The campaign worked.   Kate'a sentence was commuted to ten years in prison to be spent in a Georgia prison camp.  Her sister, Amorelli, was sent to the same camp to serve her own sentence.   Thousands of supporters came out to watch the train that would take Kate to prison.  As one newspaper description reported, "at all the towns through which the train passed, the people (ministers, gamblers, women, and all classes) crowded to the depots to see and express their sympathy for her, and at Atlanta, where a large purse was collected for her benefit, the excitement was so great that the car windows were broken."    Her husband found work near the prison and was even granted conjugal visits (Kate had two more children during her time in prison).    After serving only three years of her sentence, she was granted a full pardon and allowed to return home.

Kate Southern largely faded into obscurity after she was released but her case continued to generate controversy.  In the years that followed, more conservative newspaper editors accused Kate's supporters of allowing her gender to save her from execution and argued against granting clemency for women committing murder.  And there would  be no more clemency.   When Emma Simpson shot her estranged husband in 1919, believing that "the new unwritten law, which does not permit a married man to love another woman, will be my defense,"   even Clarence Darrow couldn't save her from being found "insane but guilty."  

While the number of cases claiming the "unwritten law" became less frequent by the 1920s,  husbands committing murder to defend their "personal honour"  still used the defense well into the 20th century.  In many U.S. states, the law allowing husbands to kill "interlopers" was formally enshrined into legal statutes (thus making it the "written law").    When and where the law could be used became a major sticking point for many judges who insisted that husbands could only kill their wive's lovers if it was done in the "heat of passion."  If the husband allowed time for his anger to cool and to become more reasonable, then any homicide committed afterwards became "deliberate revenge" and he could be prosecuted.

In Texas, for example, one statute held that, "Homicide is justifiable when committed by the husband upon one taken in the act of adultery with the wife, provided the killing take place before the parties to the act have separated. Such circumstance cannot justify a homicide where it appears that there has been, on the part of the husband, any connivance in or assent to the adulterous connection."    In other words, the couple had to be caught in flagrante delicto for the killing to be legal (it was eventually repealed in 1974).  Other states, including Georgia, New Mexico, and Utah passed similar law, almost all of which would be repealed by the end of the 1970s.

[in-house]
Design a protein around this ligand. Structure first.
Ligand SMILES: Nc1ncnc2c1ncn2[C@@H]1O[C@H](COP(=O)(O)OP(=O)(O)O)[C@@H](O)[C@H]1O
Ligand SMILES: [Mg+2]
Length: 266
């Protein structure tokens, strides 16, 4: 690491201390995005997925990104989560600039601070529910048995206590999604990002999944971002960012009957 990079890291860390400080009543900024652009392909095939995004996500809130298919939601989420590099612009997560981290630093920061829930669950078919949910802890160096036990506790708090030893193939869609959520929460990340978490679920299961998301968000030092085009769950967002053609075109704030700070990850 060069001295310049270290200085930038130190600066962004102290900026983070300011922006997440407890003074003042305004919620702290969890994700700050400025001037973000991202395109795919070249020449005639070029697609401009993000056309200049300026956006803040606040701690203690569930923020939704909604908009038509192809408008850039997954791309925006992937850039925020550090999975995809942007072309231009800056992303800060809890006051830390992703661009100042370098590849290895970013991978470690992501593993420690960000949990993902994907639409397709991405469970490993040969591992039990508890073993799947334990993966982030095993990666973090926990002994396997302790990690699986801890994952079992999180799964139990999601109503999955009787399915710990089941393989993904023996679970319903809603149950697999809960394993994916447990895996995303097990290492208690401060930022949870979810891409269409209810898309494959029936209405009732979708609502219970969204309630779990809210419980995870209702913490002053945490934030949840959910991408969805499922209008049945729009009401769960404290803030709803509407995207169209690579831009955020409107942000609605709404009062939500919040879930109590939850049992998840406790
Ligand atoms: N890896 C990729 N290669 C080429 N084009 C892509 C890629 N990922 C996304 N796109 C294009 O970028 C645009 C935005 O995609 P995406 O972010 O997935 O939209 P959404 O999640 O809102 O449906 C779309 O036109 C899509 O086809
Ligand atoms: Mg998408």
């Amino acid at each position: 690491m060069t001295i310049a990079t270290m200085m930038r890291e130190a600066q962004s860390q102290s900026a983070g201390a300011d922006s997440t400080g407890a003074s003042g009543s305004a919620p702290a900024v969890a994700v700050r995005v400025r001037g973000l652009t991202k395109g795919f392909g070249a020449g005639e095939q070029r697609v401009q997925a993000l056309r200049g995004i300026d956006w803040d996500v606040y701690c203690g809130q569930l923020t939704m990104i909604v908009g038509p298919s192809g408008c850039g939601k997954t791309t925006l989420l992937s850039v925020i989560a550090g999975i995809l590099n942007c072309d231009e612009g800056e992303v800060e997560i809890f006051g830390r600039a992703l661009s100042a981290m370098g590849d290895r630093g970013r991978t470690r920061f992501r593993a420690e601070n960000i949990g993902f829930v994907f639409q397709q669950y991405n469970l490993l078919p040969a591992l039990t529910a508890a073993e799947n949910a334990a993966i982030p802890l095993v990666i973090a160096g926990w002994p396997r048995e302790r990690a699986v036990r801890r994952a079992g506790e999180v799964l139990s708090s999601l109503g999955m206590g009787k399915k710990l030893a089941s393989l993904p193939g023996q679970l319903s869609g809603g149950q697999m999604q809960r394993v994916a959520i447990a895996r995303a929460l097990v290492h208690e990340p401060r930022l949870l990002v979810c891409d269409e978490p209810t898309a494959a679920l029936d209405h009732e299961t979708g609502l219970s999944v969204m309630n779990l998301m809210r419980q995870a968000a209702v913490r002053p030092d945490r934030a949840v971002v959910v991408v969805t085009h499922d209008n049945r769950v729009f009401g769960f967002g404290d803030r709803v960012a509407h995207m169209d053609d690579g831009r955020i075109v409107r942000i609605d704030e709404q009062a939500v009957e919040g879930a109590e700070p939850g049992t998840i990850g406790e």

Today, whhile husbands are no longer so free to kill to avenge "personal honour", the "temporary insanity" or "diminished capacity" defense is still around in one form or another.  Perhaps fittingly these days, it is more likely to be used by women on trial for murdering their husbands due to domestic abuse (a.k.a. the "battered woman defense") than vice-versa.   Whatever the status of "unwritten law" today however, defense attorneys are still known to use it during murder trials simply because it might work.  There is often no telling what a sympathetic jury might decide to do in cases where they regard the husband (or wife) as being fully justified in committing murder in the heat of passion.

And so, the legacy of Daniel Sickles and Kate Southern remains with us even today.

           

Related Stories

  • The Unwritten Law and the Right to Kill (Part 1 of 2)
  • Family of "Baked To Death" Inmate Reaches Settlement with City
  • Why do Former Mental Patients Commit Suicide?